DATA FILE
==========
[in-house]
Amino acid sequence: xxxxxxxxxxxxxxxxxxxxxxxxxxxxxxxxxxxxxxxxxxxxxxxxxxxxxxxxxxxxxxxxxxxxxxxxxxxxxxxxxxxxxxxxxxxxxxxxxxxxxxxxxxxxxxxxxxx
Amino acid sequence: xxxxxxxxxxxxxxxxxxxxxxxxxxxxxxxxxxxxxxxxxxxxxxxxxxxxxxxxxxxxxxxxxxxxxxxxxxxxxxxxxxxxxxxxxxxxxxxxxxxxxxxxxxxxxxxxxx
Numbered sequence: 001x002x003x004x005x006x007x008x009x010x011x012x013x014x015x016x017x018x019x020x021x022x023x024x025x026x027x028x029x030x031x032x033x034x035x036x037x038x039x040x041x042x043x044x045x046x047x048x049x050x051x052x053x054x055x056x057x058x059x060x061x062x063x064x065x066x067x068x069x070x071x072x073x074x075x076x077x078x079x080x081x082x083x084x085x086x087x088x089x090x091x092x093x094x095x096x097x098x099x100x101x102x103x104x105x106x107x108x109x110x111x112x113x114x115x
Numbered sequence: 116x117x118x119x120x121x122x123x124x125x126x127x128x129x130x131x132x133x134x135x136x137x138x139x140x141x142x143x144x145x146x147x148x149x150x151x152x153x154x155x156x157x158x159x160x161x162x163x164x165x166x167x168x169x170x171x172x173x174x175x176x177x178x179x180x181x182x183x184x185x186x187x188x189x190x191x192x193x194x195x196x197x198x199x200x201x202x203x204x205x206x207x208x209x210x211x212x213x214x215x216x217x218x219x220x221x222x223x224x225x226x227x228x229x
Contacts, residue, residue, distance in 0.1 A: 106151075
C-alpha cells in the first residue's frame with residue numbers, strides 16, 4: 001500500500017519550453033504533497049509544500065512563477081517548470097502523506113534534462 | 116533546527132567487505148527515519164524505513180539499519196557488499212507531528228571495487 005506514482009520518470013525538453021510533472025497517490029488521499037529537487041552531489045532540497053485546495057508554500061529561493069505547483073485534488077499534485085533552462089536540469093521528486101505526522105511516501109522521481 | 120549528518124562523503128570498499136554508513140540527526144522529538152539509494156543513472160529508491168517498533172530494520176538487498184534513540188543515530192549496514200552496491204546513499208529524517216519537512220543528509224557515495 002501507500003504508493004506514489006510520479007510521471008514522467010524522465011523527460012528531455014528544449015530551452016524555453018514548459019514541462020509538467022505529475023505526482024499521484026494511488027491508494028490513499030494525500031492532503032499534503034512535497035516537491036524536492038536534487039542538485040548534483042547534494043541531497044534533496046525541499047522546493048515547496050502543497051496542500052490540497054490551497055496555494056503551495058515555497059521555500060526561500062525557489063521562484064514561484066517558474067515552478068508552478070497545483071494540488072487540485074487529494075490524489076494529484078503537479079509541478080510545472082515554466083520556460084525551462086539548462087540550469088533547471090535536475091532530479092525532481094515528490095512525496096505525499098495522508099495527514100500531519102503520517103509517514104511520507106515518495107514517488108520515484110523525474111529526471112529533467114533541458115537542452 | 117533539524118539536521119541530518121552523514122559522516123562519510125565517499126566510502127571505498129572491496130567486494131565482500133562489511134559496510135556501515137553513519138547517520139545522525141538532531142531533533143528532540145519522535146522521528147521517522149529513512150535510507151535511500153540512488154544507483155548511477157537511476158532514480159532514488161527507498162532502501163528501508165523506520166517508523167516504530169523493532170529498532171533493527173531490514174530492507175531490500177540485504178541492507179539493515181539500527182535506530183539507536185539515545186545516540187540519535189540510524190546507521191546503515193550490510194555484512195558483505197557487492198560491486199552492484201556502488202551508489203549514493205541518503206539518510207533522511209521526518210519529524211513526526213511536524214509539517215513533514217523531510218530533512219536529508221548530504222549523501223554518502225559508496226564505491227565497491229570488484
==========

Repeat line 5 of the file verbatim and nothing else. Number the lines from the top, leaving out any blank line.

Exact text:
Numbered sequence: 116x117x118x119x120x121x122x123x124x125x126x127x128x129x130x131x132x133x134x135x136x137x138x139x140x141x142x143x144x145x146x147x148x149x150x151x152x153x154x155x156x157x158x159x160x161x162x163x164x165x166x167x168x169x170x171x172x173x174x175x176x177x178x179x180x181x182x183x184x185x186x187x188x189x190x191x192x193x194x195x196x197x198x199x200x201x202x203x204x205x206x207x208x209x210x211x212x213x214x215x216x217x218x219x220x221x222x223x224x225x226x227x228x229x